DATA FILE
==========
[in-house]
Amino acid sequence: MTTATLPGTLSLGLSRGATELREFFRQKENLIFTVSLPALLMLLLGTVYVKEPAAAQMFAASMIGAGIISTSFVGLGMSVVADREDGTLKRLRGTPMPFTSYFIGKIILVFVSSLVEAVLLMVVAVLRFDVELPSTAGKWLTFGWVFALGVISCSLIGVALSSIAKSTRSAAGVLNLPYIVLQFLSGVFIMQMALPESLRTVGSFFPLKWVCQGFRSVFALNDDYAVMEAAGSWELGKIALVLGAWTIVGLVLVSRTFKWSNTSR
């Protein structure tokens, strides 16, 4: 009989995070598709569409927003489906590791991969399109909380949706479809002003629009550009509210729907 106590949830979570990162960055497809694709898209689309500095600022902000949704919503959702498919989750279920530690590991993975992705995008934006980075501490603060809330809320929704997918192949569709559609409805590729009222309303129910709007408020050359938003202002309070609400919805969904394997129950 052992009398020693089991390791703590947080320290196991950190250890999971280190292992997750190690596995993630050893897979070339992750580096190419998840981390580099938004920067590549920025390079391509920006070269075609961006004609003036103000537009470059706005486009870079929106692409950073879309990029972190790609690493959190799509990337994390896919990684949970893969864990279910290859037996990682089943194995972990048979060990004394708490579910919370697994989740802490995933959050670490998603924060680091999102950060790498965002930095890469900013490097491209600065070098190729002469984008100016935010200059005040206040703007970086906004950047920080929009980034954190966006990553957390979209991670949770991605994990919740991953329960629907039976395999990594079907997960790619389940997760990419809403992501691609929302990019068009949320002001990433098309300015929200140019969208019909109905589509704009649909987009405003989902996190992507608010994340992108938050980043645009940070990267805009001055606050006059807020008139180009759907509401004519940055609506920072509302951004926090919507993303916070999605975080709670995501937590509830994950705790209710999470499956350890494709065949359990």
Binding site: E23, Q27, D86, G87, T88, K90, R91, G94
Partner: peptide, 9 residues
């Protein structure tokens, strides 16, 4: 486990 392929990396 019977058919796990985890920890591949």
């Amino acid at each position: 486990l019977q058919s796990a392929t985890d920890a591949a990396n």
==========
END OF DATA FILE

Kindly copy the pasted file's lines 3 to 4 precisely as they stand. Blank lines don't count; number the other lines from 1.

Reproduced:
């Protein structure tokens, strides 16, 4: 009989995070598709569409927003489906590791991969399109909380949706479809002003629009550009509210729907 106590949830979570990162960055497809694709898209689309500095600022902000949704919503959702498919989750279920530690590991993975992705995008934006980075501490603060809330809320929704997918192949569709559609409805590729009222309303129910709007408020050359938003202002309070609400919805969904394997129950 052992009398020693089991390791703590947080320290196991950190250890999971280190292992997750190690596995993630050893897979070339992750580096190419998840981390580099938004920067590549920025390079391509920006070269075609961006004609003036103000537009470059706005486009870079929106692409950073879309990029972190790609690493959190799509990337994390896919990684949970893969864990279910290859037996990682089943194995972990048979060990004394708490579910919370697994989740802490995933959050670490998603924060680091999102950060790498965002930095890469900013490097491209600065070098190729002469984008100016935010200059005040206040703007970086906004950047920080929009980034954190966006990553957390979209991670949770991605994990919740991953329960629907039976395999990594079907997960790619389940997760990419809403992501691609929302990019068009949320002001990433098309300015929200140019969208019909109905589509704009649909987009405003989902996190992507608010994340992108938050980043645009940070990267805009001055606050006059807020008139180009759907509401004519940055609506920072509302951004926090919507993303916070999605975080709670995501937590509830994950705790209710999470499956350890494709065949359990």
Binding site: E23, Q27, D86, G87, T88, K90, R91, G94